My daughter Alessia is now 18-months old. Due to a senstive gag reflex and serious reflux problems when she was around 6 months old, she is a bit behind when it comes to solid foods. At 12 months, she would take the occasional mouthful of pureed food from a jar. At 14 months she would eat as much as half a small jar, and she enjoyed putting finger foods in her mouth, but she always chewed them a bit and then spit them out. In a single sitting she could go through an entire cup of peas this way. Right around 16 months she started swallowing some of those peas. I still remember that moment.
She's still very particular about what she will put in her mouth, and we are not generally allowed to put anything in there for her, but she is making progress, and it is great fun to watch. At her 16-month doctor's appointment, I told her doctor that at every meal we would give her something we knew she would eat and offer her bits of whatever else we were eating. He was so glad to hear that she was finally swallowing real solid food, that he didn't ask preciseley what she was eating, and I didn't tell him that at that point she ate cheerios, plain crackers, and peas.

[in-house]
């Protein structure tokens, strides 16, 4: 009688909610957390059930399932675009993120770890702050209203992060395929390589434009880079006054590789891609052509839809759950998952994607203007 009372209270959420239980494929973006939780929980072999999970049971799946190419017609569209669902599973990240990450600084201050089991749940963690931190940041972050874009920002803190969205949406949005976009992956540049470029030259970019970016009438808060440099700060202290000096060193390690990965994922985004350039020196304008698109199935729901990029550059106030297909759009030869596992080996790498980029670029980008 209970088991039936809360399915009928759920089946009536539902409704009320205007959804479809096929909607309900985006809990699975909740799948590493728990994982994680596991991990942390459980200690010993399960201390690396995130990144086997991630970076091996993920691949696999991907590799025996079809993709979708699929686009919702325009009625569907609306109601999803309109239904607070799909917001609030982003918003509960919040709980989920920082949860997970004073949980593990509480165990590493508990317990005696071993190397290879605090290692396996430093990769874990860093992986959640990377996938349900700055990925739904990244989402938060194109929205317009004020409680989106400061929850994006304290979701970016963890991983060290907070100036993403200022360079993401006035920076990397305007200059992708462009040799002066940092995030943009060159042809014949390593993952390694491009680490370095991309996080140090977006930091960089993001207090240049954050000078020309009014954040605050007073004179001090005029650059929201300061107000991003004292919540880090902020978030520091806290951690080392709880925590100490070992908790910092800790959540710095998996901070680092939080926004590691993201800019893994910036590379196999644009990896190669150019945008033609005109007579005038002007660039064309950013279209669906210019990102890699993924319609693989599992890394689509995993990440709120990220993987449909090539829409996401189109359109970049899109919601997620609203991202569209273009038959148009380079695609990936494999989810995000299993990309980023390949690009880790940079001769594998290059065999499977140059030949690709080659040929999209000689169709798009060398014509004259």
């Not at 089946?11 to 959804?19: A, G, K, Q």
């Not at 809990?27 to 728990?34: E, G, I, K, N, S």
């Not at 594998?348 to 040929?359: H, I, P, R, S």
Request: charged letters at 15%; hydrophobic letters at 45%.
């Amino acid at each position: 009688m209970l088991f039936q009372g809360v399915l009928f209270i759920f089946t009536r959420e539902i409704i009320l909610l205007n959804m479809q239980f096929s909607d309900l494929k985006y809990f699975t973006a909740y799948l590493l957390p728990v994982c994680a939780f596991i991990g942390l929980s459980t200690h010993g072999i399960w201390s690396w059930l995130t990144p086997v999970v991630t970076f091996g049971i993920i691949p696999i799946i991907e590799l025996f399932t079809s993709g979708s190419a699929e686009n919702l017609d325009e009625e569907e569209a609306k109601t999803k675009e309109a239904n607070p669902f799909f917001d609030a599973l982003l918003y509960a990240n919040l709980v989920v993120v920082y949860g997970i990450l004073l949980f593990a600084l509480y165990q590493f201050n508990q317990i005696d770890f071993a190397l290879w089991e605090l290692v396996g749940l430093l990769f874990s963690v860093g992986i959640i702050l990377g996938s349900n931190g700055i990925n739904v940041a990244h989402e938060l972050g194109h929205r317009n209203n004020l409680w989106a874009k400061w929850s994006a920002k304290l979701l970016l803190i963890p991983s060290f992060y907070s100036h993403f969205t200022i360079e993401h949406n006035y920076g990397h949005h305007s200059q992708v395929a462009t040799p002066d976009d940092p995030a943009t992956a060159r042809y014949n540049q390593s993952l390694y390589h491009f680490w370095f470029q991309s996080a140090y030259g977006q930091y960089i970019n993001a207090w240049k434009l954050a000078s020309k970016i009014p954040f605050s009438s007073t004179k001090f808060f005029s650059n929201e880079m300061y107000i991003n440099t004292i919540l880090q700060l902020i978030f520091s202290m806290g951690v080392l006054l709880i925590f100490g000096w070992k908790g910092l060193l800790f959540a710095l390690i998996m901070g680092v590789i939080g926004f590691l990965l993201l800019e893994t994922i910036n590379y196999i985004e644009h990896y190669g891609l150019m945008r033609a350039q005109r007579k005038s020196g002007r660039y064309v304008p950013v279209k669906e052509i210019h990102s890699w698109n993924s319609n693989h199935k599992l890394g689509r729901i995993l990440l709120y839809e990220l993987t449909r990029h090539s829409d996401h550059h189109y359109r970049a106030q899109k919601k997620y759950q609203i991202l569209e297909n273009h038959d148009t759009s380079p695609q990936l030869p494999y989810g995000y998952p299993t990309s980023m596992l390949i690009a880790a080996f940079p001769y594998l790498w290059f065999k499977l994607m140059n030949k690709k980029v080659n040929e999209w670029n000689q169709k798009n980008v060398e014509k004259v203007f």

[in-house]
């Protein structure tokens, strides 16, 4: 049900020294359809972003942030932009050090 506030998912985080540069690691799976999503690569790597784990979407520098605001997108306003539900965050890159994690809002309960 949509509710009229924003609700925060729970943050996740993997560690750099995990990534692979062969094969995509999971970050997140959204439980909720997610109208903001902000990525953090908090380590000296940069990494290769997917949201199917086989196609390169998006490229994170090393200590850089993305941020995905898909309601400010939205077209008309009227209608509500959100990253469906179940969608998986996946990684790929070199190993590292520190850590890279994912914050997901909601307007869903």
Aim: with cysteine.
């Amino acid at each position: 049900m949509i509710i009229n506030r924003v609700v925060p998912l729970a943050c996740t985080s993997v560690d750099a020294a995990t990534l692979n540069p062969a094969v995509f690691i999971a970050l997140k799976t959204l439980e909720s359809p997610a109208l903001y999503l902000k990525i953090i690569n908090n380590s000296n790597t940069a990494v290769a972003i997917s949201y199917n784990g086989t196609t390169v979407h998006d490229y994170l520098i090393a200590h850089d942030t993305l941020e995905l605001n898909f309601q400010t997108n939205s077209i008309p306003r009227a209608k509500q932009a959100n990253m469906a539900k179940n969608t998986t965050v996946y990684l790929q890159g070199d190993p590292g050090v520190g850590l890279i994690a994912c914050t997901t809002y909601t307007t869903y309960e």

One of things that I'm finding fascinating in all this is that it is impossible to predict what she will actually eat. For a long time if I offered any food that felt wet, she would pick it up and then declare "all done" and put it on the table. She wouldn't even taste it. So when I first offered her bits of kiwi, I thought for sure she would want nothing to do with it. She loved it. For months I have been offering her tastes of my yogurt with pureed fruit in it. In general she won't even try it, and when she does she makes a face. Two days ago I was eating plain yogurt. She asked for a taste and couldn't get enough. She'll eat rotini with butter and parmesan cheese, but don't put the same cheese on her rice. That has to be straight up. She asks for broccoli, but tastes it and spits it out. Bananas are good if I hold the banana and she takes bites. If I give her the banana and it gets mushy in her hands, she doesn't want it any more. She is very discerning about parmesan cheese (imported vs. domestic), but edamame were instantly accepted as peas. There are moments when I find all this very frustrating, I won't lie about that. For the most part I find it fascinating though. She's at an age where the world is one big science experiment. It's all about exploring, and I've decided that the key to not getting too frustrated is to take her lead on that.